Online Banking

Benefits of Local Banks vs. Big Banks

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Finding a bank with products, services, and rates that meet your needs is essential. When comparing local banks and credit unions to large national banks, you might be curious about the significance of an institution’s size. Somewhat, it does, yet huge banks and little banks can offer fundamental administrations like checking and investment accounts.

Consider these factors when comparing banks:

Convenience Pick a bank that works well with your schedule and is easy to work with. If you prefer to bank in person, some banks may have a stronger presence in your area than others.

Cost However, not all small institutions charge less in fees. For instance, the Consumer Financial Protection Bureau found that small banks and credit unions charged 13% to 19% less for overdraft and non-sufficient funds fees than large banks did. Identify your banking requirements and compare fees for the services you require.

Services A surprising number of products and services can be offered by small businesses. However, there are times when you need the power of a megabank.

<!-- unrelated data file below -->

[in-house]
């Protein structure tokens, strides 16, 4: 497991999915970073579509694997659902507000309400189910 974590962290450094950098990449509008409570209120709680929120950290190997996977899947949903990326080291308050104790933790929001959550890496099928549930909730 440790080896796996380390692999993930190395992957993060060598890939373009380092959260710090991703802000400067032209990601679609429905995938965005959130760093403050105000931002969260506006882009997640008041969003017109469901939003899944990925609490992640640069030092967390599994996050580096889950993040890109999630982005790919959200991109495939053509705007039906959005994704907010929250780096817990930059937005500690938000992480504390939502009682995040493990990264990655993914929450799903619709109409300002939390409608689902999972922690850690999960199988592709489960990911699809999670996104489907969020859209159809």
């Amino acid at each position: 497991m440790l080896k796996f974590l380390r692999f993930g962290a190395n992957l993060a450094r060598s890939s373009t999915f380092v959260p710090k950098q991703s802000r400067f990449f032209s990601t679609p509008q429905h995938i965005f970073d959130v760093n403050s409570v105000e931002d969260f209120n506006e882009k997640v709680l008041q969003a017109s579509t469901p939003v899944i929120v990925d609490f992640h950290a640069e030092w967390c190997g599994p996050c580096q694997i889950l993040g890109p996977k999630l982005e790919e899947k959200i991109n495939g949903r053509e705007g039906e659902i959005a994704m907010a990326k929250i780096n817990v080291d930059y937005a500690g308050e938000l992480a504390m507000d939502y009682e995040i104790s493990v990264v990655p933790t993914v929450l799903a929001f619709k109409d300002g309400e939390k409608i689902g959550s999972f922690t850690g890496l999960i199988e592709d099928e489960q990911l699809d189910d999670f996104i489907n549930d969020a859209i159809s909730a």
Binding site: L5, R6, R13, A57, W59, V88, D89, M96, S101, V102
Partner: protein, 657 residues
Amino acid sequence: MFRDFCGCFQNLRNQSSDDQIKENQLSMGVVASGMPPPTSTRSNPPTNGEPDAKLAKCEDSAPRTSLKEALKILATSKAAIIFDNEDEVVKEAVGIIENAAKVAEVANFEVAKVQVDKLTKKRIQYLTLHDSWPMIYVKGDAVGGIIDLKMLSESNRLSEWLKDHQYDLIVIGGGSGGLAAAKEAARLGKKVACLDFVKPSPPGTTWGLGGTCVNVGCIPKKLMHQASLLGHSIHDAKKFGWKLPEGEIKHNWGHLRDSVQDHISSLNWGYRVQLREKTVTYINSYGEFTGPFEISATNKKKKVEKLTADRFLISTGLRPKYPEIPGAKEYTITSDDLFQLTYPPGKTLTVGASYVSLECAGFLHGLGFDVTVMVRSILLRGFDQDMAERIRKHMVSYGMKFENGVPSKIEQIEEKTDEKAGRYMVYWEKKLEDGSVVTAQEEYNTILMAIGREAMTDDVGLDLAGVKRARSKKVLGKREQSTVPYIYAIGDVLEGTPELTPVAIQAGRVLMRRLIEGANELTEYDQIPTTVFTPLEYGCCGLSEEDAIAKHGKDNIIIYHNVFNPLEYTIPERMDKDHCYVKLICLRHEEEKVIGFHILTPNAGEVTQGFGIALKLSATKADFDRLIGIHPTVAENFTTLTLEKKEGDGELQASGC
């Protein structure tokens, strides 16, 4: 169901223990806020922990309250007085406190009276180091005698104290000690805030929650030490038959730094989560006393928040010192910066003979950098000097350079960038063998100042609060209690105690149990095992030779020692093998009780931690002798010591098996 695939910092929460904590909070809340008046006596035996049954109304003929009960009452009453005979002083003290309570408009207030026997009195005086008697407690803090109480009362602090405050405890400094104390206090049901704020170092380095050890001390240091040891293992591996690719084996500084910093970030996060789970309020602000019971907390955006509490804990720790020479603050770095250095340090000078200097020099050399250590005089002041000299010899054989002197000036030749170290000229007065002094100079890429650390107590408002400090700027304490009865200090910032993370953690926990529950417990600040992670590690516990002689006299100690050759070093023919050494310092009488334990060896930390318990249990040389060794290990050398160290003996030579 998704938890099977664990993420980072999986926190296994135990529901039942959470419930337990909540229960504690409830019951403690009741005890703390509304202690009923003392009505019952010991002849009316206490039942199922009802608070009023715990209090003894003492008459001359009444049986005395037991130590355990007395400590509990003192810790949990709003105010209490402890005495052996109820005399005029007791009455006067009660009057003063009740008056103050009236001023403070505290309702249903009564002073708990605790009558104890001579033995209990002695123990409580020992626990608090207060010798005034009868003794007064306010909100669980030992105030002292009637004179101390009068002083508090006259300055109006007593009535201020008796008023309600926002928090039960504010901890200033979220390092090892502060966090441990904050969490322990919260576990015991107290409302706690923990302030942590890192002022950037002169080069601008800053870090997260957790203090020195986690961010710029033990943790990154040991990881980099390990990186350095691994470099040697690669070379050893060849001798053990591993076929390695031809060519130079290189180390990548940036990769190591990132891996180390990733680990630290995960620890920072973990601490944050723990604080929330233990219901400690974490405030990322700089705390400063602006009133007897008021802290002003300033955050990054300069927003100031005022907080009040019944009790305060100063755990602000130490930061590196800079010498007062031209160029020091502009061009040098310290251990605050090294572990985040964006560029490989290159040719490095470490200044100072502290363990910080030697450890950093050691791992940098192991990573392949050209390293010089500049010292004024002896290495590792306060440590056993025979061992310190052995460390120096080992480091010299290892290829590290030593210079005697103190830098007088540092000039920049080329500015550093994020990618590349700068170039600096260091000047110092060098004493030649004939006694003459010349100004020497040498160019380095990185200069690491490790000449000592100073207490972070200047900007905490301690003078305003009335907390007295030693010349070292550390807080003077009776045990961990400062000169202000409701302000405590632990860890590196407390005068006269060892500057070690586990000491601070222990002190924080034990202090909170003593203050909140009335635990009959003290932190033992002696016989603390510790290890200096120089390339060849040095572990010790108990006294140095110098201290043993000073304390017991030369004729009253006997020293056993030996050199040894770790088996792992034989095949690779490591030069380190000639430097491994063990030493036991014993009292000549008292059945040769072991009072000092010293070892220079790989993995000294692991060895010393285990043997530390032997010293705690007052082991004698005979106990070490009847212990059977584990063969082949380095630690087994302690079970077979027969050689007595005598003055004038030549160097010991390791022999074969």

Community Banking at a local bank supports the local economy and may simplify your banking experience. But there are always benefits and drawbacks.

Let’s take a deeper look at the differences between big banks and small banks.

Megabanks Have a Potentially Convenient National Reach Large, well-known national banks dominate major cities and even penetrate smaller markets. A local bank with branches might be a good choice if you value personal banking. They might be able to provide one-stop shopping, which lets you get multiple services from the same place. You might be able to use the same login for all of your loans, credit cards, and savings accounts, for instance.

Enormous banks that have a public reach incorporate Bank of America, Capital One, Pursue Bank, Wells Fargo, and numerous other huge establishments.

Occasionally Disappointing Large banks’ rigid procedures and systems make dealing with them challenging. Even though you are familiar with and rely on the bankers in your area, if you require assistance from customer service, you might be required to call a national toll-free number. To open an account, you might have to talk to new hires or answer multiple questions from the fraud department. In contrast, at a neighborhood bank, everything is handled by the same person in one sitting.

Costs Vary Megabanks are making it harder to find free checking accounts. Keeping a sufficient amount of cash in your account or setting up direct deposit typically qualify you for fee waivers, but truly free accounts are uncommon. You can sometimes find expense-free business checking at public banks, while neighborhood banks charge unobtrusive expenses.

Participating in Community Community banks and credit unions is a great choice for most banking requirements. Even though they are small, that does not mean they cannot meet your requirements. Some organizations restrict what they offer, while others outsource certain services and offer everything in-house.